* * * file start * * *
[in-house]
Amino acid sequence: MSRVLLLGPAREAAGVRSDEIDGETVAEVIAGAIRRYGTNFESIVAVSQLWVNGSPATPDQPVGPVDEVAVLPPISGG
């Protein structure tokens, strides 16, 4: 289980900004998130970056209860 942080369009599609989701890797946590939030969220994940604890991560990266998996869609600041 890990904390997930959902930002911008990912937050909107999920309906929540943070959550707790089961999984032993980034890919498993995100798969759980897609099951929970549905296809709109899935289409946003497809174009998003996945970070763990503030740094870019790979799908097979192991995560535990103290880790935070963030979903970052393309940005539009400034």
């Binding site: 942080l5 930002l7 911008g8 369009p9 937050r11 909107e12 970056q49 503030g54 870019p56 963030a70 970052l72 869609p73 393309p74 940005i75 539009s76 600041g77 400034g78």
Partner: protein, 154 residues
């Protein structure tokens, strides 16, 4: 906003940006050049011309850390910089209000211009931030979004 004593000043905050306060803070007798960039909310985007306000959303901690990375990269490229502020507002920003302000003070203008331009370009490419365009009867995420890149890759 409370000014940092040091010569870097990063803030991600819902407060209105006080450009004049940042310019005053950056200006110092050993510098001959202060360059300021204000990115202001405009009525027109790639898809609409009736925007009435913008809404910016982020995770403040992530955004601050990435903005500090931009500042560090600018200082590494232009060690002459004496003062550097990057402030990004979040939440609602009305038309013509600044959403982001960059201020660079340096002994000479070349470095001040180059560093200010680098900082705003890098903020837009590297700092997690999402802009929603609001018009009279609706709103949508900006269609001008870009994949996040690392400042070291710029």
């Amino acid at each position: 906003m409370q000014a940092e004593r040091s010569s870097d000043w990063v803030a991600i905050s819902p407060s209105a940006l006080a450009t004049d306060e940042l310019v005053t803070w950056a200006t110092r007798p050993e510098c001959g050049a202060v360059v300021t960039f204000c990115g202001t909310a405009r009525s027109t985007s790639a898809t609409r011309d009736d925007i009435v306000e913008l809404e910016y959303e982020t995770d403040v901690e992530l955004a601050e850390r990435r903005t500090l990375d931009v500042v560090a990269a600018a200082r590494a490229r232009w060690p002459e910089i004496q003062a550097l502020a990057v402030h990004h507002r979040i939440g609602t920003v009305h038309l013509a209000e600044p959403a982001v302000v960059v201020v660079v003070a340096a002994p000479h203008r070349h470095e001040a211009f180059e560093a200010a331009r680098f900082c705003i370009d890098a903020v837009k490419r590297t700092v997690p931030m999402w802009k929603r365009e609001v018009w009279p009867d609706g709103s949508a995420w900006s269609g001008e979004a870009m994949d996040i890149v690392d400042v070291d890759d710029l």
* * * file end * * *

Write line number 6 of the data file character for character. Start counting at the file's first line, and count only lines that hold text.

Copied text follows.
């Protein structure tokens, strides 16, 4: 906003940006050049011309850390910089209000211009931030979004 004593000043905050306060803070007798960039909310985007306000959303901690990375990269490229502020507002920003302000003070203008331009370009490419365009009867995420890149890759 409370000014940092040091010569870097990063803030991600819902407060209105006080450009004049940042310019005053950056200006110092050993510098001959202060360059300021204000990115202001405009009525027109790639898809609409009736925007009435913008809404910016982020995770403040992530955004601050990435903005500090931009500042560090600018200082590494232009060690002459004496003062550097990057402030990004979040939440609602009305038309013509600044959403982001960059201020660079340096002994000479070349470095001040180059560093200010680098900082705003890098903020837009590297700092997690999402802009929603609001018009009279609706709103949508900006269609001008870009994949996040690392400042070291710029």